Onto the hardware now - one step closer to the full system! After figuring out a way to move draggable elements onto the detected AR markers, it is time to make a sensor node. For now, it will be a really basic sensor node - just temperature sensing and controlling some lights.
It’s a prototype, so essentially a board connecting breakout boards. This uses the ESP32, a Powerboost 500 to go from a 1S Lipo to 5.0V @ 500 mA, 6 individually controlled LEDs, and 1 speaker.
The double sided boards were milled, here’s a look at that process (video):
The boards turned out well. A 0.005” V-bit was used to make 0.3mm distance between the traces (2x as much as the default - this is what added additional time), at a depth of 0.15mm.
For the vias, leads from resistors are soldered on each side to ‘fake’ the via as through-plated. The trace width is 20 mils, which I’ve found leads to a reliable result, along with using oval shaped pads.
After soldering (timelapse video snippet) and two small fixes, here is the blinking:
This is what it looks like in the nalgene, in the dark.
The draggable AR elements will eventually make those LEDs blink. For example, a blue square on the screen could represent “water points”, and when it’s dragged to the sensor node marker, it will blink the blue LED on the device.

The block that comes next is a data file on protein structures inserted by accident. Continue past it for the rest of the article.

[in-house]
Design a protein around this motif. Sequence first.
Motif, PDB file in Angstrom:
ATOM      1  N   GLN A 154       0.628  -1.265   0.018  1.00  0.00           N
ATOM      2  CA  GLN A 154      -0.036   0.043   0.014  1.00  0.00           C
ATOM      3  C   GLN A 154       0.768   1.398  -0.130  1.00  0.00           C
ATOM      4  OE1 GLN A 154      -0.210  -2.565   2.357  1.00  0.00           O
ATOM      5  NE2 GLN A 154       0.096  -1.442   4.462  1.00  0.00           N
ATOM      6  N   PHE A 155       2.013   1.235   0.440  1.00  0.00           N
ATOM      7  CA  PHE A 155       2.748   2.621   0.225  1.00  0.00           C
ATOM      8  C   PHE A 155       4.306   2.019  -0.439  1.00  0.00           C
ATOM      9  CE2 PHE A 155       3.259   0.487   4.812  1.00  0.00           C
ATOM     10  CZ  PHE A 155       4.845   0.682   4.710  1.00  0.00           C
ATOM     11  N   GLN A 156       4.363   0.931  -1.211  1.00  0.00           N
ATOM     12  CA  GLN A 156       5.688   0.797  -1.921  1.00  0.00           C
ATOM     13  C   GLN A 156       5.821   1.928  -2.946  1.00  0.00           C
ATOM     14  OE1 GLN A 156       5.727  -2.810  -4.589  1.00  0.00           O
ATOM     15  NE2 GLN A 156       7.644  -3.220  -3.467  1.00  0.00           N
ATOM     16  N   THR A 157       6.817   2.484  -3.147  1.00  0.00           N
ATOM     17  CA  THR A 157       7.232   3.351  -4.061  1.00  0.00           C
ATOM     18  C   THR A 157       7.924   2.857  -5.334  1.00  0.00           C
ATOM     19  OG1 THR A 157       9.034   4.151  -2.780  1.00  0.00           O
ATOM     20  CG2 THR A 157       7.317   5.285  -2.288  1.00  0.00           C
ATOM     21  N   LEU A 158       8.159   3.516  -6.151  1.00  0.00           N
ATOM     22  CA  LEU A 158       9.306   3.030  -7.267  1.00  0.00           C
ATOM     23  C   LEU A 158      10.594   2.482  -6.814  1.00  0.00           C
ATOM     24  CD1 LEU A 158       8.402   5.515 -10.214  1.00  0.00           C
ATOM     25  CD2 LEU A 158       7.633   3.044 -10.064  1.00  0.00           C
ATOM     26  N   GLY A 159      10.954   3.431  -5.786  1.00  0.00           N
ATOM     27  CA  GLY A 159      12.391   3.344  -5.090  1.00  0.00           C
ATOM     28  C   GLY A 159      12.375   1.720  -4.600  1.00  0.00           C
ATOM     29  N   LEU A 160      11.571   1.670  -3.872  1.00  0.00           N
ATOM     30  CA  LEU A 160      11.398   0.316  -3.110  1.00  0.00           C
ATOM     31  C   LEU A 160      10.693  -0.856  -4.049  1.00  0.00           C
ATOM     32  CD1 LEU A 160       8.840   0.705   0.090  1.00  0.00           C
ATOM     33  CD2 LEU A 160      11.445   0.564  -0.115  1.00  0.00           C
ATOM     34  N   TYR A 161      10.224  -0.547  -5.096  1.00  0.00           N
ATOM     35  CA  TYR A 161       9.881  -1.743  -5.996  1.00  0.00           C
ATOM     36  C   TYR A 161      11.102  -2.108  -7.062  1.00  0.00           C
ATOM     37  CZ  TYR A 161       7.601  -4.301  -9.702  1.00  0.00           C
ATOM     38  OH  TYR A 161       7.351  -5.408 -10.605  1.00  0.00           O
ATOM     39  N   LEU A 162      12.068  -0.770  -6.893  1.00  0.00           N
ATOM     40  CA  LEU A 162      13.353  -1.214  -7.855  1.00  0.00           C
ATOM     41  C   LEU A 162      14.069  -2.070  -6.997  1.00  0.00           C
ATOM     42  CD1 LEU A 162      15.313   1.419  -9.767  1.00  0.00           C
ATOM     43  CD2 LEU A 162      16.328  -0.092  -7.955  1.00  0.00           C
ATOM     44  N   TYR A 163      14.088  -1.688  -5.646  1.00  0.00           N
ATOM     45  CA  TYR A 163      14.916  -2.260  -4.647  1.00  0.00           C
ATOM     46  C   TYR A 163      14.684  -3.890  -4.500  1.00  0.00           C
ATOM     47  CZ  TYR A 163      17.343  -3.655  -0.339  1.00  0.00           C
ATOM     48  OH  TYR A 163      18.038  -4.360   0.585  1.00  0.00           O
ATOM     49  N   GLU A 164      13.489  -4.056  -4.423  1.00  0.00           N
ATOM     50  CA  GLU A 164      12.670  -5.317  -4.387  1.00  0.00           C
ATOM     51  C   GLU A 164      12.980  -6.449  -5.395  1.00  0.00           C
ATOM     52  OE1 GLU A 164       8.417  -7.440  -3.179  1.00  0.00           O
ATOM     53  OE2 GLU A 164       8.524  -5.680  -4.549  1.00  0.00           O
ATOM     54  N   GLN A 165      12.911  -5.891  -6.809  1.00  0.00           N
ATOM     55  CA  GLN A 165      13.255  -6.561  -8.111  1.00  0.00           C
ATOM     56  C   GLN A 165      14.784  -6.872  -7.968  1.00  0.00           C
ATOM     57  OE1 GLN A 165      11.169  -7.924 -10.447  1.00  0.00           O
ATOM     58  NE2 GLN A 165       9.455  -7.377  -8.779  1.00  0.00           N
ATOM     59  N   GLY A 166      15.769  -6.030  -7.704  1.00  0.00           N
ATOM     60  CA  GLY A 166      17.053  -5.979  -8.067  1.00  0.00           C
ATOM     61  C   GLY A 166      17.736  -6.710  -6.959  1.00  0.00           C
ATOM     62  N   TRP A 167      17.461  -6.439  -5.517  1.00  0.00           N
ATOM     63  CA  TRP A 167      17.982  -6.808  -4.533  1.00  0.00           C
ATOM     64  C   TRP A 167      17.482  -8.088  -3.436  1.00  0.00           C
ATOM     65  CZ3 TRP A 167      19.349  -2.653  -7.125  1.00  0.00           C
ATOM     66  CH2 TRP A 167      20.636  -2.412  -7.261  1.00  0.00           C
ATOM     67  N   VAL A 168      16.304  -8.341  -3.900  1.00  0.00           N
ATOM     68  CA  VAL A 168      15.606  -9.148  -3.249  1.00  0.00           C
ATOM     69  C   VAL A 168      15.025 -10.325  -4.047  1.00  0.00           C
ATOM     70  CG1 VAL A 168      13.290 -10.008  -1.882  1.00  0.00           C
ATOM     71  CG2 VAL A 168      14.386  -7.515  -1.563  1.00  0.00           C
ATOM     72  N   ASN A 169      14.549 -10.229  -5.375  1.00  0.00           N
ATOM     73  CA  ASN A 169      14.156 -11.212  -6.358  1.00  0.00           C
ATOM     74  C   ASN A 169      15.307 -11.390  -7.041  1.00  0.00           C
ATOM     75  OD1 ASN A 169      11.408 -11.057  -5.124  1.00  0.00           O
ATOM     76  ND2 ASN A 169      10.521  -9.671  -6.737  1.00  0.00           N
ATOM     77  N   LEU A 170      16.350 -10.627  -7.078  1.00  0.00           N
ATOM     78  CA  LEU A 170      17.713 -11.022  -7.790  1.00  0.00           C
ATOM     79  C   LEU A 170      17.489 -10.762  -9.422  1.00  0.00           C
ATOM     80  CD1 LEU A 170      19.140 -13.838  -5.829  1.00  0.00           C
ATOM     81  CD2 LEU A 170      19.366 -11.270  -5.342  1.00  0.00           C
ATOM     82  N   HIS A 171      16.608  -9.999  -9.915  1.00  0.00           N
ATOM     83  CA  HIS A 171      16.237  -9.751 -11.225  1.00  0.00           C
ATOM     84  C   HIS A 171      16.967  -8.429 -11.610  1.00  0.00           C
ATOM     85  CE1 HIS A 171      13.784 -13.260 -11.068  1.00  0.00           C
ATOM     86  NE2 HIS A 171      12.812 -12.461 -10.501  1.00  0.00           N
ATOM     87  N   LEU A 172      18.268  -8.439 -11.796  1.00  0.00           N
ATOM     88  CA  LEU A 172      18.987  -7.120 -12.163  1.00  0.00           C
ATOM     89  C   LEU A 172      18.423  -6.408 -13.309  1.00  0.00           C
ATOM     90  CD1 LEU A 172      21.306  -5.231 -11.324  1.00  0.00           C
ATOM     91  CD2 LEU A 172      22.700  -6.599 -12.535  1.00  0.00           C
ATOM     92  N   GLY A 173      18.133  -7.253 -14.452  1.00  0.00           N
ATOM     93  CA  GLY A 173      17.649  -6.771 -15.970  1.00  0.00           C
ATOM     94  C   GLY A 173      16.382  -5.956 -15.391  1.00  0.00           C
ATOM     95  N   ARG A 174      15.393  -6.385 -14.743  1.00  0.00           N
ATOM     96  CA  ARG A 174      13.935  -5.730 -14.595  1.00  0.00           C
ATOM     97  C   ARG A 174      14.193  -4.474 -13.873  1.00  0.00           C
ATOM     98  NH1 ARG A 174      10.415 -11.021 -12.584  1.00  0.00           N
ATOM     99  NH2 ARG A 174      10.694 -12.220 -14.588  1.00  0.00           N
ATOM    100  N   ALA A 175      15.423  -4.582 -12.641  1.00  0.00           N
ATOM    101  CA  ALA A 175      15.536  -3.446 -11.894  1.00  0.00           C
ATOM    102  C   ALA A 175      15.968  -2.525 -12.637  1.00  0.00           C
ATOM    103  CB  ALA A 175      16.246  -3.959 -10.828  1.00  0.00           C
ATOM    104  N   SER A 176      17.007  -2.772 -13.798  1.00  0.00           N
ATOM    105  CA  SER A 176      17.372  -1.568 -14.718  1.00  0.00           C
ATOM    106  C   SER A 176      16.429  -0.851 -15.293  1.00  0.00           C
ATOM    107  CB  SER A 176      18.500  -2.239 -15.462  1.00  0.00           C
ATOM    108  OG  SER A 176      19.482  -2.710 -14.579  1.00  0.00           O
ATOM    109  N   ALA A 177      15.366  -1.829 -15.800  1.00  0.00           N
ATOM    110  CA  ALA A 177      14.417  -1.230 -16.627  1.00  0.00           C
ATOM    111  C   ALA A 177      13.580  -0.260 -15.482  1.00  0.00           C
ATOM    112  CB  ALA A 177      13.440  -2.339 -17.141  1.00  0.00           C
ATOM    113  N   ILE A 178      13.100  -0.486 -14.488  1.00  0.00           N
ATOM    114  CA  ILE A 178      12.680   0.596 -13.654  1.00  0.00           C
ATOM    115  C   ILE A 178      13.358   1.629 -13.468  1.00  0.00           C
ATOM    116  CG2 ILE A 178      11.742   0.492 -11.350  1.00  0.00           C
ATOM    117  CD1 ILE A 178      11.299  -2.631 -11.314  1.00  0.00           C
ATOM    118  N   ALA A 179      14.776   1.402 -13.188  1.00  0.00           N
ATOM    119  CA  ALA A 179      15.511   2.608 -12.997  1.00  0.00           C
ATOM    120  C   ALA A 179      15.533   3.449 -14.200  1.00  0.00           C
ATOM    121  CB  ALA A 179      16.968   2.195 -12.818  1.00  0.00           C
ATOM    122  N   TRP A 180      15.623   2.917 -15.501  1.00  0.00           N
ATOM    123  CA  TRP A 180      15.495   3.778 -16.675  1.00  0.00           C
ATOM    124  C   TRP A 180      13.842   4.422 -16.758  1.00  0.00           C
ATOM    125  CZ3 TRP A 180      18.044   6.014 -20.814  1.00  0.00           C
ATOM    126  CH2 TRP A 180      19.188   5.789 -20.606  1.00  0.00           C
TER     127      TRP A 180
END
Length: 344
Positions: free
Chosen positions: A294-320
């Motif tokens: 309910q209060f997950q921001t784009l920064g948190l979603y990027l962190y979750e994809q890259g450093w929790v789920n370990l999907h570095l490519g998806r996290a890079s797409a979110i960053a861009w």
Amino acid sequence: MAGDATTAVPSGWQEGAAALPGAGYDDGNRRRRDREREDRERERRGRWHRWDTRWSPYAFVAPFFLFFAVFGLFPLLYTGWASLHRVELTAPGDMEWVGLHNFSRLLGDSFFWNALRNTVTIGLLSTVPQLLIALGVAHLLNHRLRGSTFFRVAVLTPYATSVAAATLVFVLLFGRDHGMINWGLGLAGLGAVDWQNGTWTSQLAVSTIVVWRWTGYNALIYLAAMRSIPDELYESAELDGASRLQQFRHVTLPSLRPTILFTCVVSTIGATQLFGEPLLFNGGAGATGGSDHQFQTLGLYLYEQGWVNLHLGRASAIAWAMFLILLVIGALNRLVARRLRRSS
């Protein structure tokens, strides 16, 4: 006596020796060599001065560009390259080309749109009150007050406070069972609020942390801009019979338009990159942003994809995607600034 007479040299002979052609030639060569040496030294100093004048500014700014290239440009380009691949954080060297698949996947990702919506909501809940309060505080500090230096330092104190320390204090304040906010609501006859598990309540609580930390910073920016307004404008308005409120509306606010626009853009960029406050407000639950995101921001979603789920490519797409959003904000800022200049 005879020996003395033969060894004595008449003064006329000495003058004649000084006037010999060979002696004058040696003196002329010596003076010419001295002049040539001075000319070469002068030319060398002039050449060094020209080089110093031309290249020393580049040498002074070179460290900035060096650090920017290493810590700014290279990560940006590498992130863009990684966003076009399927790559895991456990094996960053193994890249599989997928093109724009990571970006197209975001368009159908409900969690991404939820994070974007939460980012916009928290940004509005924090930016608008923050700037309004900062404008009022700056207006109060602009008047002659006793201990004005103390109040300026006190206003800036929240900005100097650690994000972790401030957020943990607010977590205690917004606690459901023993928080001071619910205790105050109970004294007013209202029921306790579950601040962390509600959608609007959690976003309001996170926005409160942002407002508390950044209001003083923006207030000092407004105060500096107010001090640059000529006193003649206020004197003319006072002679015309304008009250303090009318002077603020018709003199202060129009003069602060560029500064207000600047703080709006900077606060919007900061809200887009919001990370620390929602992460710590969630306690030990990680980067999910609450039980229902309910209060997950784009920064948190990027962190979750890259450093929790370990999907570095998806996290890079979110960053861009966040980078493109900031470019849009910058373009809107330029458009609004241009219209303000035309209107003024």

On the server side, there’s been a bit of a glitch - it looks like our ec2 instance was not in the free tier. The bill was not enormous (< $10). We’re working on sorting it out, lucky to have the support of AWS for Robot Missions.
Next up is system integration. The draggable AR has to integrate with the MQTT AR, and the device has to integrate with the MQTT. All of the testing has been done separately. It will be fun to get it all to work together and see it as a whole! Following that, it will be really fun to work on the gameplay story aspect of it.
For the postcards, it would be interesting if the cards will have an AR marker on them, so that when you all receive and scan them with the web app, it could be used as a “power up” feature to summon a “mote” (that’s what the characters might be called) to deliver some “water points” to you, which you can use to then “feed” the sensor nodes. 😁 Stay tuned for a message on Patreon from me about a survey to fill out for the postcards.
The Tech Logs over on Robot Missions are being updated periodically with the progress. We will be surpassing 100 posts shortly. Many more to go…!